Study - A Million Jobs At Risk
By Daniel Baxter
October 26, 2011 - An economic impact analysis projects
more than one million American jobs could be lost as a
result of defense budget cuts if the deficit reduction
select committee fails to reach agreement on alternative
balanced budget solutions and total cuts to defense
reach $1 trillion.
Dr. Stephen S. Fuller, Dwight Schar Faculty Chair,
University Professor and Director, Center for Regional
Analysis at George Mason University and Economic
Modeling Specialists Inc. (EMSI) conducted the analysis
on behalf of the Aerospace Industries Association.
?Our analysis reveals bleak outcomes for both the
defense industry and the economy as a whole if the
budget sequestration trigger is pulled and $1 trillion
is cut from defense,? said Dr. Fuller.
Fuller and EMSI?s study shows the dramatic and devastating
impact these cuts would have, not only on our industry but on
the economy at large,? said AIA President and CEO Marion C.
on the findings, Tom Buffenbarger, President of the
International Association of Machinists and Aerospace Workers
said ?the spending cuts of the Budget Control Act enacted last
summer place at risk the jobs of highly skilled, highly
We can ill afford to idle these men and women and the machines
they operate indefinitely,? Buffenbarger added.
Dr. Fuller and EMSI concluded that under the scenario of a $1 trillion cut to defense spending, an option under consideration by the budget deficit ?Super Committee,? the flow down effect from the aerospace and defense industry to its supply chain and communities is significant, particularly given two factors. The defense industry has a notably high rate of subcontracted work flow and systems with high component volumes, driving job loss directly to program partners and the supply chain.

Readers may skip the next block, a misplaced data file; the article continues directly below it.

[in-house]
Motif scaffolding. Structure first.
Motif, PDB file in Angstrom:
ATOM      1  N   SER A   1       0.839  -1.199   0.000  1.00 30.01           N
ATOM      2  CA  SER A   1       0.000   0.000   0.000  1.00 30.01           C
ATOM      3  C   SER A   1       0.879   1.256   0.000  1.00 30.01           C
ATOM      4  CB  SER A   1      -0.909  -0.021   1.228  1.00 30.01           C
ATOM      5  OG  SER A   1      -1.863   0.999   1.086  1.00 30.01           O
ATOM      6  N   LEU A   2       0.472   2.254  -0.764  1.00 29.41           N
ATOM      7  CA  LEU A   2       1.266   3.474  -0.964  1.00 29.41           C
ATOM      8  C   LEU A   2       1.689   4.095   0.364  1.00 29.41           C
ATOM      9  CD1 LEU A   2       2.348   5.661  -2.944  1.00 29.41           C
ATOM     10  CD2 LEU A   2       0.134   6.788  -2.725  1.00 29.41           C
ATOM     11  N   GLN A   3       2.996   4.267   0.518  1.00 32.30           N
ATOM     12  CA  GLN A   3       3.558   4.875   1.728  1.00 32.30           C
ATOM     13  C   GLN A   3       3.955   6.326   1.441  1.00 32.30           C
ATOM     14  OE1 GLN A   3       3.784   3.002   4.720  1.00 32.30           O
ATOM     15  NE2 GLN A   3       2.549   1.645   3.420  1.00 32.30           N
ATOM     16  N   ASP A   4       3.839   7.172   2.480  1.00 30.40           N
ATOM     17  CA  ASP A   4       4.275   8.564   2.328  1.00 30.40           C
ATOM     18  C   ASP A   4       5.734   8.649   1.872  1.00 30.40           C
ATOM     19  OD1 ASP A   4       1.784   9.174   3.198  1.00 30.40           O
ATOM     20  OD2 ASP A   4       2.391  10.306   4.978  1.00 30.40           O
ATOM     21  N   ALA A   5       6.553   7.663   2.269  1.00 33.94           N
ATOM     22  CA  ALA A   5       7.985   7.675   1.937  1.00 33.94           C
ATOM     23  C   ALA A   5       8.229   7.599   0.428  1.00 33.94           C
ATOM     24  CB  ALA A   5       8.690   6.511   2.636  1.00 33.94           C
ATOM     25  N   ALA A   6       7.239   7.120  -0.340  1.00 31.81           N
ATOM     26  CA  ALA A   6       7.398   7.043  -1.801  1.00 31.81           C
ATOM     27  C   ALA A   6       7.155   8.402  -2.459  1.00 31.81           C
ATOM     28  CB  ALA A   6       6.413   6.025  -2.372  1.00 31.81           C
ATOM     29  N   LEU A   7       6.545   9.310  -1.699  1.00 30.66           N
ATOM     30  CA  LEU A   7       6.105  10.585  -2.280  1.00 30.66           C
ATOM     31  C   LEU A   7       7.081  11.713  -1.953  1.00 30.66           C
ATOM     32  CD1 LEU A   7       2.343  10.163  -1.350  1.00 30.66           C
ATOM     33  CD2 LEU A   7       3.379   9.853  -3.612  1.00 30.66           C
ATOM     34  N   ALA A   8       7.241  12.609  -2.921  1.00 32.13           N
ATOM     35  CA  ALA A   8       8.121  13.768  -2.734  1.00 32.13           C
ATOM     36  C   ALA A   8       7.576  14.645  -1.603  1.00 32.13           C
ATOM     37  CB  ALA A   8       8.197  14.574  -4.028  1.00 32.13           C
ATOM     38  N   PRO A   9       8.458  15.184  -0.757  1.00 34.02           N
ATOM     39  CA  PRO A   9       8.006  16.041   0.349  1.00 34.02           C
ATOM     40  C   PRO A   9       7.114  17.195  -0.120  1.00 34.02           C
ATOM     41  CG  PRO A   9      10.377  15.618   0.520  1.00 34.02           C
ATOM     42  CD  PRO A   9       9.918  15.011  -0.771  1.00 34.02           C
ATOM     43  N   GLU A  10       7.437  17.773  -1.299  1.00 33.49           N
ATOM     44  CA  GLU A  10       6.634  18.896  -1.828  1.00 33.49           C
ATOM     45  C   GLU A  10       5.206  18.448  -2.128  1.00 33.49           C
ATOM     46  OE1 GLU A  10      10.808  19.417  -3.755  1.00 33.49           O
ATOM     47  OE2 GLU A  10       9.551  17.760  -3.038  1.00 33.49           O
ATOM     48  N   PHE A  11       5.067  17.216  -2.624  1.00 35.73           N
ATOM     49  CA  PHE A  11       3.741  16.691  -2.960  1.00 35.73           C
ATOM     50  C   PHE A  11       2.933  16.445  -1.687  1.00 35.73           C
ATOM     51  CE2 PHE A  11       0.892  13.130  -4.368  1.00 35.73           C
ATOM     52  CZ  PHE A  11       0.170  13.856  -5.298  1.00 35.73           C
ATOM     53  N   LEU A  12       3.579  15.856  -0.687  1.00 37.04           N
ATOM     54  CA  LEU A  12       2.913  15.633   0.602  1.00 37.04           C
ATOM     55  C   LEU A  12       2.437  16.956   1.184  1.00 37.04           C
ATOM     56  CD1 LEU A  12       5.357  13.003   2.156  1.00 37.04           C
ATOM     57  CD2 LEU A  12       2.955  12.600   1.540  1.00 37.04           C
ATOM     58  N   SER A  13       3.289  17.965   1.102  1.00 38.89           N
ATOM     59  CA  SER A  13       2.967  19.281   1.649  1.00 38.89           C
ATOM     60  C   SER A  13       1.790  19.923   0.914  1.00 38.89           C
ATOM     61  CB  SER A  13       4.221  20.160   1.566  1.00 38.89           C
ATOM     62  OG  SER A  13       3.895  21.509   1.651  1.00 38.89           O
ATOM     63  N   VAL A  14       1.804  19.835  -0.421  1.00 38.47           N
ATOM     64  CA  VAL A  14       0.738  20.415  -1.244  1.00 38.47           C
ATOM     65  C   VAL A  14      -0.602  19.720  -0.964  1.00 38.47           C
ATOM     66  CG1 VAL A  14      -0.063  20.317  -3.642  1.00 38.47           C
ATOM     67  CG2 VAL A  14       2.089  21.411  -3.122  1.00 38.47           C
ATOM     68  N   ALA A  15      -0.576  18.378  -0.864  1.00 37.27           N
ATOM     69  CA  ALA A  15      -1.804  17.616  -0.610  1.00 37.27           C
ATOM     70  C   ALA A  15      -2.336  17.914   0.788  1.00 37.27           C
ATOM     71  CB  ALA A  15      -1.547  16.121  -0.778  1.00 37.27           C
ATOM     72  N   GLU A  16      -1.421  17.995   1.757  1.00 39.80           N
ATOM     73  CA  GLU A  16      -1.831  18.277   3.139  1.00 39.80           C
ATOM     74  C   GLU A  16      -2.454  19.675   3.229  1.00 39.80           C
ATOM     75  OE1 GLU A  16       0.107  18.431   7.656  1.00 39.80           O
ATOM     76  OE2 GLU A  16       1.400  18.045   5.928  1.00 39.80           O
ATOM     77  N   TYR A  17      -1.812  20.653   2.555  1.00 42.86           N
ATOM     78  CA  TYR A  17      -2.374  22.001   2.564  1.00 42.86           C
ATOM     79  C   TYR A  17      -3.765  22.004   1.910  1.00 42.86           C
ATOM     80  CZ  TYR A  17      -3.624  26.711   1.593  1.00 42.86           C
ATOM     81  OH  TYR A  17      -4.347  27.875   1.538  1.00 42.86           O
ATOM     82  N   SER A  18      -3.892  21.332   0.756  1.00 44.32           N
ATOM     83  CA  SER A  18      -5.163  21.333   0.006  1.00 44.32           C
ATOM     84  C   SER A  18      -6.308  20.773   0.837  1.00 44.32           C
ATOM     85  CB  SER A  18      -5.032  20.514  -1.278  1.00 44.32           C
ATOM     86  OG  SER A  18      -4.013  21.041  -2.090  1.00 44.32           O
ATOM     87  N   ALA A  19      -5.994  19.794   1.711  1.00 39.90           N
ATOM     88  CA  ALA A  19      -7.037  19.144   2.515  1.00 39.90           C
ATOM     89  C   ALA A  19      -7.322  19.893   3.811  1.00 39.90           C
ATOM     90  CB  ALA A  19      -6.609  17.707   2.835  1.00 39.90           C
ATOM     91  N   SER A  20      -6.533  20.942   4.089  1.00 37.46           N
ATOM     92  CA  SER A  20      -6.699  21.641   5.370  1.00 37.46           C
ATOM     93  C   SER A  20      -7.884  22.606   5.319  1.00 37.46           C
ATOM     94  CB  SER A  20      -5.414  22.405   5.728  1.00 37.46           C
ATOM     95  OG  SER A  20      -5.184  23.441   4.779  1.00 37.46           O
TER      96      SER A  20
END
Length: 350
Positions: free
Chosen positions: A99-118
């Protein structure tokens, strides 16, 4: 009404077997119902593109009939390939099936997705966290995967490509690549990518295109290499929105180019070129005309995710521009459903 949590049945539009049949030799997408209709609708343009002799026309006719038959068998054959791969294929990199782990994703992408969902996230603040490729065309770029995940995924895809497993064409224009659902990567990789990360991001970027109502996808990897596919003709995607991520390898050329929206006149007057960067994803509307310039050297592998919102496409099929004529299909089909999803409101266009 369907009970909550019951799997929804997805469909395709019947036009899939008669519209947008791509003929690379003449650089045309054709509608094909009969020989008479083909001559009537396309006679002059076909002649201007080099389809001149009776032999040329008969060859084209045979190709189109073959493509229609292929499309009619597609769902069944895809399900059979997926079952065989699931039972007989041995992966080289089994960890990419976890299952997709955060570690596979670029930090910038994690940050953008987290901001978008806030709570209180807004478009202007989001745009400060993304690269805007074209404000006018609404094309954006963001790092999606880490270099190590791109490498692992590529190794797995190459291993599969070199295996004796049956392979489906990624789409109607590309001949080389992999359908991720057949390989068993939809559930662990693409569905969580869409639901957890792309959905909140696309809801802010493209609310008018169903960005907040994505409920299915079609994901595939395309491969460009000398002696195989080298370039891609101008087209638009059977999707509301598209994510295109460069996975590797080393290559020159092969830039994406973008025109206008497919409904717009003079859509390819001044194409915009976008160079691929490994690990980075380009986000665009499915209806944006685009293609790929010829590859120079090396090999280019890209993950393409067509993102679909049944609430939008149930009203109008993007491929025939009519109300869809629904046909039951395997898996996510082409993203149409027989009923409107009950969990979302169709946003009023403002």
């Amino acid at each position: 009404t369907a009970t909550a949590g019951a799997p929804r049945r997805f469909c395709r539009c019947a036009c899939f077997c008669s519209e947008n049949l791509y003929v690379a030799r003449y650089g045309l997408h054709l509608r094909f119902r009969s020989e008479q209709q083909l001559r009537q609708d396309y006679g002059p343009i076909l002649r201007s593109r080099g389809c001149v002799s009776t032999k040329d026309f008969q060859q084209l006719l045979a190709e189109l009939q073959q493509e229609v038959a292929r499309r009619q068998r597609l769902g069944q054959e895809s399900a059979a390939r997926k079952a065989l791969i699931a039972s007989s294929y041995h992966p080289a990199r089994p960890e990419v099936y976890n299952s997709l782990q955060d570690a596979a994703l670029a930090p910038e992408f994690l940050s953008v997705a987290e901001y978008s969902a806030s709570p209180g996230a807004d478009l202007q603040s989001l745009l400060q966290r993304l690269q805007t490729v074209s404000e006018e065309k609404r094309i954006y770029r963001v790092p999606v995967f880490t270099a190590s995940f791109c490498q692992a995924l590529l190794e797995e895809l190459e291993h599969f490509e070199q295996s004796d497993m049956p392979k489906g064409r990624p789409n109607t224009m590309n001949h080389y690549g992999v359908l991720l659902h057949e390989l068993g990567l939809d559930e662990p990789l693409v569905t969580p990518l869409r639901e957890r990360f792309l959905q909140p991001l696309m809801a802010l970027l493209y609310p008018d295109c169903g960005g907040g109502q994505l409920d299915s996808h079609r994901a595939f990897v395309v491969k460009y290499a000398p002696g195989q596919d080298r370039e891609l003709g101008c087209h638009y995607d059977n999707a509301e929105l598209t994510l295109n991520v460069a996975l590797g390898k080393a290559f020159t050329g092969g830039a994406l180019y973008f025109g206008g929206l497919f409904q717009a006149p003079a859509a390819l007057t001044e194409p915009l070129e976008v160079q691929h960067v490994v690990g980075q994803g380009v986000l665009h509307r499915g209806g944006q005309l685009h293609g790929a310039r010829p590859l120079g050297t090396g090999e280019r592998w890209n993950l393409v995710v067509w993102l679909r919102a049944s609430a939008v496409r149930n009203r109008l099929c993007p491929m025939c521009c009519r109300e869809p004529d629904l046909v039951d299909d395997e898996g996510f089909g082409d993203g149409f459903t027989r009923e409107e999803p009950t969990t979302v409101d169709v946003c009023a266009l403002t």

analysis was based on an annual reduction of $45.01 billion to the
military modernization accounts from which the aerospace and defense
industry derives its revenues.
?The total impact each year of a $45 billion cut would be to reduce GDP
by $86.456 billion. This is
equivalent to 25 percent of the projected annual increase in GDP for
2013 and its loss would reduce currently projected growth for 2013 from
2.3 percent to 1.7 percent,? Fuller said.
Also, given the
relatively high wages earned by U.S. aerospace and defense workers,
consumer spending in communities in every state would decline
significantly. ?The multiplied
impact of aerospace and defense workers losing their job is very simple
purchase of consumer goods goes down overnight, homes become
unaffordable and the housing crisis is compounded, and so forth,? said
Dr. Fuller. ?The ten year defense
budget cut will be felt in terms of layoffs starting in 2012, escalate
and conclude by 2014,? he added.
In summary, the key findings of Dr. Fuller and EMSI?s analysis based on the $1 trillion defense budget cut were as follows:
? Total potential job losses (direct,
indirect, community) 1,006,315
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